Franklin Templeton Expands Crypto Portfolio and Anticipates More ETP Filings

Franklin Templeton Recognizes Crypto Potential

Franklin Templeton, a leading investment management giant with $1.5 trillion in assets under management, is actively exploring opportunities in the cryptocurrency market. After the recent approval of 11 new spot bitcoin exchange-traded funds (ETFs), Sandy Kaul, the Head of Digital Assets at Franklin Templeton, predicts a surge in filings for similar products. Kaul emphasized the firm's belief in the vast potential of the crypto domain.

Expanding Crypto Horizons

In a series of tweets discussing blockchain technology and cryptocurrencies, Franklin Templeton mentioned ethereum (ETH) and solana (SOL). The company has already launched its spot bitcoin ETF, which currently holds 1,160 BTC valued at approximately $47 million. In an interview with Bloomberg, Sandy Kaul stated that Franklin Templeton expects to introduce more exchange-traded product (ETP) filings in the future.

Kaul expressed the firm's intention to diversify its product range and provide investors with increased access to the innovative opportunities presented by the new protocol economy. While Kaul did not divulge the specifics of Franklin Templeton's interest in ethereum (ETH), she confirmed that additional ETP filings should be anticipated from the company.

Exploring Beyond Bitcoin

Highlighting the wide range of cryptocurrencies available, Kaul stated that Franklin Templeton is not limited to bitcoin alone. With numerous coins boasting significant market capitalization, the firm aims to explore different opportunities within the crypto domain. Kaul emphasized that ethereum, for example, offers a unique value proposition as an app development platform and ecosystem, setting it apart from bitcoin.

Recognizing the benefits of diversification, Kaul explained that it is prudent to include multiple assets in a portfolio rather than relying solely on a single asset. Therefore, Franklin Templeton envisions incorporating various cryptocurrencies into vehicles that facilitate investor participation in this space.

Bitcoin's Resemblance to Gold

When asked about bitcoin's categorization, Kaul drew parallels to commodities such as gold. She emphasized that bitcoin's digital scarcity, with only 21 million coins ever to be created, and its decentralized tracking process resemble the characteristics of gold. This comparison underscores the asset's uniqueness and potential as a store of value.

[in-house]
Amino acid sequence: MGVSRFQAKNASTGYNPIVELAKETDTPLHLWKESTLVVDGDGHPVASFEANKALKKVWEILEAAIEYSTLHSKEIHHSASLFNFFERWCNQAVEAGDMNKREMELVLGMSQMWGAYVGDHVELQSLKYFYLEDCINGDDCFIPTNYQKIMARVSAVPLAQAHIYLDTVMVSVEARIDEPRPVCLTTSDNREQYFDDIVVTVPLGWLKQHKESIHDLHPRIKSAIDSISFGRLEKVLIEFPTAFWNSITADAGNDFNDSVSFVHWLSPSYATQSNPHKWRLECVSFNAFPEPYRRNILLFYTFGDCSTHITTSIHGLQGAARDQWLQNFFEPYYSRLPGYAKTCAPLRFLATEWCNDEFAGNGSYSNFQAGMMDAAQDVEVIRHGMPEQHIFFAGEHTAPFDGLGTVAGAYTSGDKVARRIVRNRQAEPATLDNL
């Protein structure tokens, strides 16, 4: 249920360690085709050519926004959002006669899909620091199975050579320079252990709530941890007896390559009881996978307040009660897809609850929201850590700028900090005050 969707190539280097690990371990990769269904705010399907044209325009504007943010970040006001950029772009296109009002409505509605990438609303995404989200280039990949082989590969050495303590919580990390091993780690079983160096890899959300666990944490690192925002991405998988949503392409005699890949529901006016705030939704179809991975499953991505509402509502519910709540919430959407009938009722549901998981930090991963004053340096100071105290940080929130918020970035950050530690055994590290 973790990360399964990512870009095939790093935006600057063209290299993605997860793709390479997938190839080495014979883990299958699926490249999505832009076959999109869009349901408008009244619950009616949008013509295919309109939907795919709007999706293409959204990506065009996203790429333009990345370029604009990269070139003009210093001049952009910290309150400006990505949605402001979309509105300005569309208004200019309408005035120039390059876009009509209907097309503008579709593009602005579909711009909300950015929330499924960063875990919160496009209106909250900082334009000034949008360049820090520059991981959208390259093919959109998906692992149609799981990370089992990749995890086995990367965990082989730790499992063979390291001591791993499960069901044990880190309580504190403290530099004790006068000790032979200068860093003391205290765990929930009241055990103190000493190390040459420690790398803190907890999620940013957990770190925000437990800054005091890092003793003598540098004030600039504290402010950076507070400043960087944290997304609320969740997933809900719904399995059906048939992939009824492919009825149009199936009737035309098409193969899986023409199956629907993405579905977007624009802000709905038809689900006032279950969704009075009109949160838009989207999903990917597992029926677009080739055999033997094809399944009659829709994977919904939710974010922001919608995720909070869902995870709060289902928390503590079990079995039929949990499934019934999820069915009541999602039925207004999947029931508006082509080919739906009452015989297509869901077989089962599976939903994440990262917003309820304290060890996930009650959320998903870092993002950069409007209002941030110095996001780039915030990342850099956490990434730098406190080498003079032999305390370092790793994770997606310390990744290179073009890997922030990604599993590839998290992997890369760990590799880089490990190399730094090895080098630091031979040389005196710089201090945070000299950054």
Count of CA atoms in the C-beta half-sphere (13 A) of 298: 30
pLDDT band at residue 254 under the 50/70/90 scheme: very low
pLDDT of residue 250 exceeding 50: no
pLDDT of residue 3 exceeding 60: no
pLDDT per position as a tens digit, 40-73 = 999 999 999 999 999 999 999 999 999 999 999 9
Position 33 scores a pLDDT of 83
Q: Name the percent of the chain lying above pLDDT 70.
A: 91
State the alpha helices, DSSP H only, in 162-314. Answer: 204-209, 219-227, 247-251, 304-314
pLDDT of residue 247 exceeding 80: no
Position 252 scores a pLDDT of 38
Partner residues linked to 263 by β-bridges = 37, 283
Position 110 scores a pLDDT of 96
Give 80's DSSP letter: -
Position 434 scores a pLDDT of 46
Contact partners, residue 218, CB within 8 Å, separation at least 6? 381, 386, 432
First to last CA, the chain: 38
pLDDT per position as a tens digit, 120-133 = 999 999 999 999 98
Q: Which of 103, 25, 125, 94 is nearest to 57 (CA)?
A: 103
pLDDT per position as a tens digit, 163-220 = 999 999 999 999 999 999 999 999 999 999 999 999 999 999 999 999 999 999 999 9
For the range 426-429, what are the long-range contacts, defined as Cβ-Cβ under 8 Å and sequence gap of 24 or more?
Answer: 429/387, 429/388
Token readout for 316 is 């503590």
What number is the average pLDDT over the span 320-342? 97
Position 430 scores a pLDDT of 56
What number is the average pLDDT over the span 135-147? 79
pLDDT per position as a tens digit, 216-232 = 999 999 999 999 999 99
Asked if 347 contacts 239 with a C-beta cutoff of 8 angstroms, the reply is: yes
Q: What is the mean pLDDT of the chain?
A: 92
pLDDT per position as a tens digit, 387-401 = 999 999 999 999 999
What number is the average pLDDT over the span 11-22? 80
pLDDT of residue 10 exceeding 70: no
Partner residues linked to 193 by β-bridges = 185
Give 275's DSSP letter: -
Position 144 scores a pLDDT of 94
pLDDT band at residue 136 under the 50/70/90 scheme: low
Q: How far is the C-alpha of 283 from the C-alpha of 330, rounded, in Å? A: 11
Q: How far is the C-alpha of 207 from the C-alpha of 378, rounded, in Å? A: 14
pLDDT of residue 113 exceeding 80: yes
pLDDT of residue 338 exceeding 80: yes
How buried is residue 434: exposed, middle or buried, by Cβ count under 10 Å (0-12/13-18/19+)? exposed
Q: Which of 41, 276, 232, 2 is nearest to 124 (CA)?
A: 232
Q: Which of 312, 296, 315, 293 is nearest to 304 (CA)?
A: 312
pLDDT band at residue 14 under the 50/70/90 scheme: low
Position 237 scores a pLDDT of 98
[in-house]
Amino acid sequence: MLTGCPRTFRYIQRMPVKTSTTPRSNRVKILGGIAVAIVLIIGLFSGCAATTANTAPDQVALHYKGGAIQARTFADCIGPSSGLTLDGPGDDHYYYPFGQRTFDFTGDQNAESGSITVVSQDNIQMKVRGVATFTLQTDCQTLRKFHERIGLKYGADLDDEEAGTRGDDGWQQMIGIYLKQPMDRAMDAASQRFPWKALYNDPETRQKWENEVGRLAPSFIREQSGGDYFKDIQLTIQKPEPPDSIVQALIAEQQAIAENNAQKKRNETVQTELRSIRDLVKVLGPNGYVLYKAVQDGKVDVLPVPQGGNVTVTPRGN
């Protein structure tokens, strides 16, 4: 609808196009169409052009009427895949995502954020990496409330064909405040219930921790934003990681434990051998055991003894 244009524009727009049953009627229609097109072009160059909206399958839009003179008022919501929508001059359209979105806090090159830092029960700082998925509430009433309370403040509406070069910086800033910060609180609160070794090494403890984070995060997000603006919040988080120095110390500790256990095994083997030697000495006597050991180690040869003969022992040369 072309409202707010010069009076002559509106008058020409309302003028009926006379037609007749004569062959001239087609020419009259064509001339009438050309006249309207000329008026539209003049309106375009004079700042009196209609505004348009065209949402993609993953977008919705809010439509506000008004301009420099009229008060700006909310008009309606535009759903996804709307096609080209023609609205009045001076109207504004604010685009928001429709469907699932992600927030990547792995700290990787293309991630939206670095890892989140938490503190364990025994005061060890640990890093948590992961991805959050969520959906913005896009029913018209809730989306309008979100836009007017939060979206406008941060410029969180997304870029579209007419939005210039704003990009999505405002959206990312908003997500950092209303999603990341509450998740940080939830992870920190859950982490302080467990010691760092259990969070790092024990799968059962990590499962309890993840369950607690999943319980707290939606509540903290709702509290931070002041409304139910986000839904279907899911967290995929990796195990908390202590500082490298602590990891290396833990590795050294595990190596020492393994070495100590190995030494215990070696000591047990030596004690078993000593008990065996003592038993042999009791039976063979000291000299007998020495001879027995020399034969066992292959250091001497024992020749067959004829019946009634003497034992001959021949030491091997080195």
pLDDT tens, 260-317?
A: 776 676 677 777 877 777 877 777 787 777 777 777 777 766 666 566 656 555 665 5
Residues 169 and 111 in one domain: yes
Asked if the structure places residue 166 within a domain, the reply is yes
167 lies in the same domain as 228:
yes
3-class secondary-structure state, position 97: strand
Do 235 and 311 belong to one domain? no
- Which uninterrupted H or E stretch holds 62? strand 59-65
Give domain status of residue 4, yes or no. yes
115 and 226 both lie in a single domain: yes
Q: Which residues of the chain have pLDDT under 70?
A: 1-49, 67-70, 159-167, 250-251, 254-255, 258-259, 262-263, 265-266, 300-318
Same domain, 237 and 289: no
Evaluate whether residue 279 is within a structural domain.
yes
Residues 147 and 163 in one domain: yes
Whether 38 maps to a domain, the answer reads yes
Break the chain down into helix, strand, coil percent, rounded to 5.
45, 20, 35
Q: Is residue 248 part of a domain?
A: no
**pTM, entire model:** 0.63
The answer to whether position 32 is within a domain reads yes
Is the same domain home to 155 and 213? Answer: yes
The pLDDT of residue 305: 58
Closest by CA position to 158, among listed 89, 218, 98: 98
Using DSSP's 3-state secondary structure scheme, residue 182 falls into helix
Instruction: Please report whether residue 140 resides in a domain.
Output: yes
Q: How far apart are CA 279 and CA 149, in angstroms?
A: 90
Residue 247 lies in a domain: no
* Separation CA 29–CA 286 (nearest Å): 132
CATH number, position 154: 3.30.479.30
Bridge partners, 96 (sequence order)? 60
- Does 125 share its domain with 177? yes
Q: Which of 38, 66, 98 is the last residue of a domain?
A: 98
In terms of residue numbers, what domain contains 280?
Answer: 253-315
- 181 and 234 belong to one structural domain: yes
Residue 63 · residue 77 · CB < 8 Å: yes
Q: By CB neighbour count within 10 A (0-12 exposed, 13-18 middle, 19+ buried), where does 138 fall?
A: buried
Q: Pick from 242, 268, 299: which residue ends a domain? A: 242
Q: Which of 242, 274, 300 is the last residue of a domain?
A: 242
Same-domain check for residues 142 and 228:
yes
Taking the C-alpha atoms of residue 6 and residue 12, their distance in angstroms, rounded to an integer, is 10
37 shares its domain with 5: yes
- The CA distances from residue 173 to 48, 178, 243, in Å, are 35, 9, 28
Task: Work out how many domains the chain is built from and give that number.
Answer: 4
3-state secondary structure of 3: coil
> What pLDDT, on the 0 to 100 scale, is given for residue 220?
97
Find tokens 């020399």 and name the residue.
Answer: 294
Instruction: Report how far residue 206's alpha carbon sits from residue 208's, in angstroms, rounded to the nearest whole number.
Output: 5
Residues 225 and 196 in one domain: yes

Volatility and Trading Expertise

Addressing bitcoin's volatility, Kaul noted similarities to price fluctuations in commodity markets. She highlighted that responsible trading firms like Franklin Templeton are well-versed in managing such volatility and actively engage in these markets on behalf of their investors. Kaul believes that despite the complexity of bitcoin, it presents an excellent investment opportunity even for those who may not fully comprehend it.

Share your thoughts on the interview with Sandy Kaul, Franklin Templeton's Head of Digital Assets, and her insights into the crypto market in the comments section below.


How To

The History of Gold as an Asset

From the ancient days to the early 20th Century, gold was a common currency. It was universally accepted and loved for its beauty, durability, purity and divisibility. In addition, because of its value, it was traded internationally. There were different measures and weights for gold, as there was no standard to measure it. One pound sterling, for example, was equivalent in England to 24 carats, and one livre tournois, in France, to 25 carats. A mark, on the other hand, was equivalent in Germany to 28 carats.

In the 1860s, the United States began to issue American coins made from 90% copper, 10% Zinc, and 0.942 Fine Gold. This led to a decline in demand for foreign currencies, which caused their price to increase. The price of gold dropped because the United States began to mint large quantities of gold coins. The U.S. government was unable to pay its debts due to too much money being in circulation. To do this, they decided that some of their excess gold would be sold back to Europe.

Many European countries didn't trust the U.S. dollars and started to accept gold for payment. However, many European nations stopped using gold to pay after World War I and started using paper currency instead. The gold price has gone up significantly in the years since. Although the price of gold fluctuates today, it remains one of your most safe investments.


By: Jamie Redman
Title: Franklin Templeton Expands Crypto Portfolio and Anticipates More ETP Filings
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Published Date: Fri, 19 Jan 2024 19:00:21 +0000

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